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Journal of Urban Health

, Volume 92, Issue 5, pp 800–814 | Cite as

Nature-Based Strategies for Improving Urban Health and Safety

  • Michelle C. Kondo
  • Eugenia C. South
  • Charles C. Branas
Article

Abstract

Place-based programs are being noticed as key opportunities to prevent disease and promote public health and safety for populations at-large. As one key type of place-based intervention, nature-based and green space strategies can play an especially large role in improving health and safety for dwellers in urban environments such as US legacy cities that lack nature and greenery. In this paper, we describe the current understanding of place-based influences on public health and safety. We focus on nonchemical environmental factors, many of which are related to urban abandonment and blight. We then review findings from studies of nature-based interventions regarding impacts on health, perceptions of safety, and crime. Based on our findings, we suggest that further research in this area will require (1) refined measures of green space, nature, and health and safety for cities, (2) interdisciplinary science and cross-sector policy collaboration, (3) observational studies as well as randomized controlled experiments and natural experiments using appropriate spatial counterfactuals and mixed methods, and (4) return-on-investment calculations of potential economic, social, and health costs and benefits of urban greening initiatives.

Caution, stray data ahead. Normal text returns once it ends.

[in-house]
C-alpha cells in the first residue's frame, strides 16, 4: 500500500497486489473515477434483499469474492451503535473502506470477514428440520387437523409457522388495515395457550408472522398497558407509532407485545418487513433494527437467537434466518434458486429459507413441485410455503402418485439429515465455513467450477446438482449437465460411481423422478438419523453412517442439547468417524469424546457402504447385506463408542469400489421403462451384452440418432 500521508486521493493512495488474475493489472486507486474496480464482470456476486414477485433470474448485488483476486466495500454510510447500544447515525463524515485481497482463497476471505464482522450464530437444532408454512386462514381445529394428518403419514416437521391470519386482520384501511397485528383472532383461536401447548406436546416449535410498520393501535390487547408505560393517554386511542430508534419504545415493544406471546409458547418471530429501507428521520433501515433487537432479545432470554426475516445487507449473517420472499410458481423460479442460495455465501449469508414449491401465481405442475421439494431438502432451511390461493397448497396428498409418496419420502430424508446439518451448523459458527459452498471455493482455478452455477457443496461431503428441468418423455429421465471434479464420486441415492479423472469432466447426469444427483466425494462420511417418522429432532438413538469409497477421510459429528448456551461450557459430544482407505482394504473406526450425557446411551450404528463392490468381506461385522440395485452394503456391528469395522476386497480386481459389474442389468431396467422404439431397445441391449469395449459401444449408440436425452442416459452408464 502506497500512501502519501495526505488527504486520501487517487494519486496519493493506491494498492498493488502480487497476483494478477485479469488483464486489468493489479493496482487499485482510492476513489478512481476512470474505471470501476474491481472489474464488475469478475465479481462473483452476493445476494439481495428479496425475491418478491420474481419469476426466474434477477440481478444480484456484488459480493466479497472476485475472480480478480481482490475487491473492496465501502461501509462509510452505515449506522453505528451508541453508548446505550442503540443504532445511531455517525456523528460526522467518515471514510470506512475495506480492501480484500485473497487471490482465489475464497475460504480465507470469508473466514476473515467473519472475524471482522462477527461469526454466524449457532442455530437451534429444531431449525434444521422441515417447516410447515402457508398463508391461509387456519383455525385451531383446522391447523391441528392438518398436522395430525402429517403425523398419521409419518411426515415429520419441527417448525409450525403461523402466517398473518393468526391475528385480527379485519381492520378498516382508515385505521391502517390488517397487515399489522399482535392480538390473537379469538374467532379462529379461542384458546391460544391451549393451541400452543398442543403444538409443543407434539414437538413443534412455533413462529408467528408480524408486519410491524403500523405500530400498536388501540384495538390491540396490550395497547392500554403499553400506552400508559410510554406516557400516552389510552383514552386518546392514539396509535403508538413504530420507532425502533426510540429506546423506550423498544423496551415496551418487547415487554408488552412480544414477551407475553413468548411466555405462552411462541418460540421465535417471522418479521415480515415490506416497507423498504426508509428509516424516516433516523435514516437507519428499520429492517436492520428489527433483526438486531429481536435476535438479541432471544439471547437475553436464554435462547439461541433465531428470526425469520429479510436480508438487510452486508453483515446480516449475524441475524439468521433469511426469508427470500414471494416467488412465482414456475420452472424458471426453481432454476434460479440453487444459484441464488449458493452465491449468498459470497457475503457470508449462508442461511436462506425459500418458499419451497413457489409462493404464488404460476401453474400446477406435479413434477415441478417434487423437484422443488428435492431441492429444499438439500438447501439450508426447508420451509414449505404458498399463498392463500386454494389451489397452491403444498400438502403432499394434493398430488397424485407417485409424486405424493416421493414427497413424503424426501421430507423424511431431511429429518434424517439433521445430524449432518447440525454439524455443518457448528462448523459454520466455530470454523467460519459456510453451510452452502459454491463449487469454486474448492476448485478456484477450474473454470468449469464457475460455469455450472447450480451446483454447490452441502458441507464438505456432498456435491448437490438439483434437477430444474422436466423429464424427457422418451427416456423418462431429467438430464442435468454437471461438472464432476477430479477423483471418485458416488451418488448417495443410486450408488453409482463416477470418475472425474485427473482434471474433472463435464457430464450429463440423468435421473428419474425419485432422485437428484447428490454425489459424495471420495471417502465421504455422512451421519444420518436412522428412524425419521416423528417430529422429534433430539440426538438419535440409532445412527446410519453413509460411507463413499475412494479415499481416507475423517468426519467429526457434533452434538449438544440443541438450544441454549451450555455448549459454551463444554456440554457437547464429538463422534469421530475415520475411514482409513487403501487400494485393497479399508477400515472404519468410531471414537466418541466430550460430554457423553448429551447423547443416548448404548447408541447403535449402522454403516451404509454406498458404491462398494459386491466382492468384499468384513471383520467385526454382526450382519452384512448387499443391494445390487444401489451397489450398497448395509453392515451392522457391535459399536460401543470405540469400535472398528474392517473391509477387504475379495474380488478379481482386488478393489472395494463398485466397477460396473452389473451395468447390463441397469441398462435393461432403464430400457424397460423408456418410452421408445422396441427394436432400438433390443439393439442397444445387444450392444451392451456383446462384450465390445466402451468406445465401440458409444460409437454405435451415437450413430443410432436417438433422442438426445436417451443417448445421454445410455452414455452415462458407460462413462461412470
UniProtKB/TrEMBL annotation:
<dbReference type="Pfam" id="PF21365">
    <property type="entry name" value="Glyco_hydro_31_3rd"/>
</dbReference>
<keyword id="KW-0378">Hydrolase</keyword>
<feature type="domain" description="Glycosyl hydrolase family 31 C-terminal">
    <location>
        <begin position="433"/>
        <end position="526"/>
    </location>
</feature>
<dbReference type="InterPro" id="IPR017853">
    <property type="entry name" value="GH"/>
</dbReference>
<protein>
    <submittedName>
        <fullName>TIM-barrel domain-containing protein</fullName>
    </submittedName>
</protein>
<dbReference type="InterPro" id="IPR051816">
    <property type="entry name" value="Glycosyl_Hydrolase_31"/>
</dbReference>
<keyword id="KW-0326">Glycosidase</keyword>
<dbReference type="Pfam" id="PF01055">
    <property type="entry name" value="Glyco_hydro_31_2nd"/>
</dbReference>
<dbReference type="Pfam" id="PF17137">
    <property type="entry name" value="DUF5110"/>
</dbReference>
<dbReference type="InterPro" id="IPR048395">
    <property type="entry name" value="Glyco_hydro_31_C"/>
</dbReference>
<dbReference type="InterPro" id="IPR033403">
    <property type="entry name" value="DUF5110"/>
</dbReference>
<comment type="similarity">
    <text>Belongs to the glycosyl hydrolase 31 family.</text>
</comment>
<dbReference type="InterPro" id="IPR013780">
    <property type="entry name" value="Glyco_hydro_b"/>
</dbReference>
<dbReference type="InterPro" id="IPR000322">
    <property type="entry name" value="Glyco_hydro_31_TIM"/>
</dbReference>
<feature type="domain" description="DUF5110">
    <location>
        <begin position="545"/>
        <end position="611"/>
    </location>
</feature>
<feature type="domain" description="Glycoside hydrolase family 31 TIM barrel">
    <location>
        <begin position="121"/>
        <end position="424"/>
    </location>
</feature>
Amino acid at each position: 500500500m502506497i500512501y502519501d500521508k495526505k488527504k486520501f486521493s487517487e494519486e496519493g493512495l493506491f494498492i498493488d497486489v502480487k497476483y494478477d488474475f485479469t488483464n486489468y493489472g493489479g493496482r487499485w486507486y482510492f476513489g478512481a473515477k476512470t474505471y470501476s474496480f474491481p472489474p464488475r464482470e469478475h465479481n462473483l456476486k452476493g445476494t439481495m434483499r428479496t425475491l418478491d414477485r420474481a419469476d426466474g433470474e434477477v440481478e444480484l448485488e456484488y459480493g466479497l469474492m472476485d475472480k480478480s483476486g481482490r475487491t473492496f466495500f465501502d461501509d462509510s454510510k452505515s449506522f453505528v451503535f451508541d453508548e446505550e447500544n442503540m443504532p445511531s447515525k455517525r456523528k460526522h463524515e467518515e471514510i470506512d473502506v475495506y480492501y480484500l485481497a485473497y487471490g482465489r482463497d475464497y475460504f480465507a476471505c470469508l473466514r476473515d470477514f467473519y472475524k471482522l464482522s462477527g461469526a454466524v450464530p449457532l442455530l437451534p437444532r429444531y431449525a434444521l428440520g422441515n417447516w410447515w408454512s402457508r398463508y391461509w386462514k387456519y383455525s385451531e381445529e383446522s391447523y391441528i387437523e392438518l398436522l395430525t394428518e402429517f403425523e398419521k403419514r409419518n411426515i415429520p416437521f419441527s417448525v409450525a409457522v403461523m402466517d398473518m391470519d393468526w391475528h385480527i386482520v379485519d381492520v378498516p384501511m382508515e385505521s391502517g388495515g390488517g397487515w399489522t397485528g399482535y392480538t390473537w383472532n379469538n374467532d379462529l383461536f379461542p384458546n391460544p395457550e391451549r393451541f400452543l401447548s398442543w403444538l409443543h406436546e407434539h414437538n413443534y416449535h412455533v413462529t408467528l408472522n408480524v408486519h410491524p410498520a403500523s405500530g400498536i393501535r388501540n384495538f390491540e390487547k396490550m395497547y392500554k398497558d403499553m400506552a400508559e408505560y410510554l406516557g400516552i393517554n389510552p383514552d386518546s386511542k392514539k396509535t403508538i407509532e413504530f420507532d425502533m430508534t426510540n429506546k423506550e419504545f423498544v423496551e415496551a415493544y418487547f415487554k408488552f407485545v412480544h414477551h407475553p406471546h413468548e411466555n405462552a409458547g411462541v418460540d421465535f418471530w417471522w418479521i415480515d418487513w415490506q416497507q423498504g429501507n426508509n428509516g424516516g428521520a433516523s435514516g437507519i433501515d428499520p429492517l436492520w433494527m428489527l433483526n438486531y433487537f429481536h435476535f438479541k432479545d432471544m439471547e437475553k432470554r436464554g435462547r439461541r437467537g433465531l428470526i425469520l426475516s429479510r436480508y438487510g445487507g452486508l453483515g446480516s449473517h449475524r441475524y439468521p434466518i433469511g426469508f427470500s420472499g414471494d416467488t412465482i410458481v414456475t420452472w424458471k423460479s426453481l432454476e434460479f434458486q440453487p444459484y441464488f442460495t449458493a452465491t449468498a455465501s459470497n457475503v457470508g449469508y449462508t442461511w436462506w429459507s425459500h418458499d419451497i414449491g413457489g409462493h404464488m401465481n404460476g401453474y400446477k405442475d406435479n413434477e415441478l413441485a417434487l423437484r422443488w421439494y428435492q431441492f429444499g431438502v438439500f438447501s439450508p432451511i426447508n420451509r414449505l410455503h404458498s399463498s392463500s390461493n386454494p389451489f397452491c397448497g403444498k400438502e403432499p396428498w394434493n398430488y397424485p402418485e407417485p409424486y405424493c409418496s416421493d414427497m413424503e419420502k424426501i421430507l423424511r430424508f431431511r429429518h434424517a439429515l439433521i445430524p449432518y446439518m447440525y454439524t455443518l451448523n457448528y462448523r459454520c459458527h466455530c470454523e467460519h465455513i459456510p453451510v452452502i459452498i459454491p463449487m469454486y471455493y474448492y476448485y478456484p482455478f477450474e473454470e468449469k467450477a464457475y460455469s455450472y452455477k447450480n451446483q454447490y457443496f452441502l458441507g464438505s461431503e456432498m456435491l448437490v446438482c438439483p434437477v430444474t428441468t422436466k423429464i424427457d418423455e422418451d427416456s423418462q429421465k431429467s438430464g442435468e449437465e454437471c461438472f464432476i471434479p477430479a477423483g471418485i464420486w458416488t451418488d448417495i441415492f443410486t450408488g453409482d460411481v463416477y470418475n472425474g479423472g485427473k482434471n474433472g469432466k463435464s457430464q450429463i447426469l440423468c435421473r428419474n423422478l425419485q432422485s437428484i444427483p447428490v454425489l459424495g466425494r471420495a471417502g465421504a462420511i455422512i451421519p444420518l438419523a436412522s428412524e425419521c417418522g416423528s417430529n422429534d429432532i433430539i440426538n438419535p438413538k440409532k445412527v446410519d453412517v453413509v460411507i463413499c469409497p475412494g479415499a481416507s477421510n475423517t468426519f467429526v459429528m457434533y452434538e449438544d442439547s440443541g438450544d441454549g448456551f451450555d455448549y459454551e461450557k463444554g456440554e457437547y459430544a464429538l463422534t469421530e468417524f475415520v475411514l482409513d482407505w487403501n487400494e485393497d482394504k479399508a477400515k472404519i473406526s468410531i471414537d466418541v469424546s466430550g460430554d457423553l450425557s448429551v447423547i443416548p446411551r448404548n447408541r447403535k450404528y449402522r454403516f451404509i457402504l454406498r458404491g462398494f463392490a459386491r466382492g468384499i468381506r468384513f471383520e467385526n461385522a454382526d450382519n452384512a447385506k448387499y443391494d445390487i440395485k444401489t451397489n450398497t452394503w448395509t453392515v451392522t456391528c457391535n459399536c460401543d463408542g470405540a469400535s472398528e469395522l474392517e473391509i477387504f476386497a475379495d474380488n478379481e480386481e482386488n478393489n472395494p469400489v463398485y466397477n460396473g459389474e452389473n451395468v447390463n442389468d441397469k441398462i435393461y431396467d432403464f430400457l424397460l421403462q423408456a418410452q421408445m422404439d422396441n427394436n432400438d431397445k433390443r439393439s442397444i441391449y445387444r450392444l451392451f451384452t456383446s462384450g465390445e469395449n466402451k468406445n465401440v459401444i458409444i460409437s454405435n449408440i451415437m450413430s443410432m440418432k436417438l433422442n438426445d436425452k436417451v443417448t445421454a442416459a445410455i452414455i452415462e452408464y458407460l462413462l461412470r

Keywords

Urban nature Green space Place-based interventions Public health Crime 

Notes

Acknowledgments

This work was supported by the National Institutes of Health ([NIH] grant R01AA020331 to C. C. B.) and the Centers for Disease Control and Prevention ([CDC] grant R49CE002474), with additional funding from the US Department of Agriculture (USDA), Forest Service (to M. C. K.). The NIH and CDC had no role in designing or conducting the study, collecting, managing, analyzing, or interpreting the data, preparing, reviewing, or approving the article, or deciding to submit the article for publication.

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Copyright information

© The New York Academy of Medicine (outside the USA) 2015

Authors and Affiliations

  1. 1.USDA-Forest Service, Northern Research StationPhiladelphiaUSA
  2. 2.Department of Emergency MedicinePerelman School of Medicine at the University of PennsylvaniaPhiladelphiaUSA
  3. 3.Department of Biostatistics and EpidemiologyPerelman School of Medicine at the University of PennsylvaniaPhiladelphiaUSA

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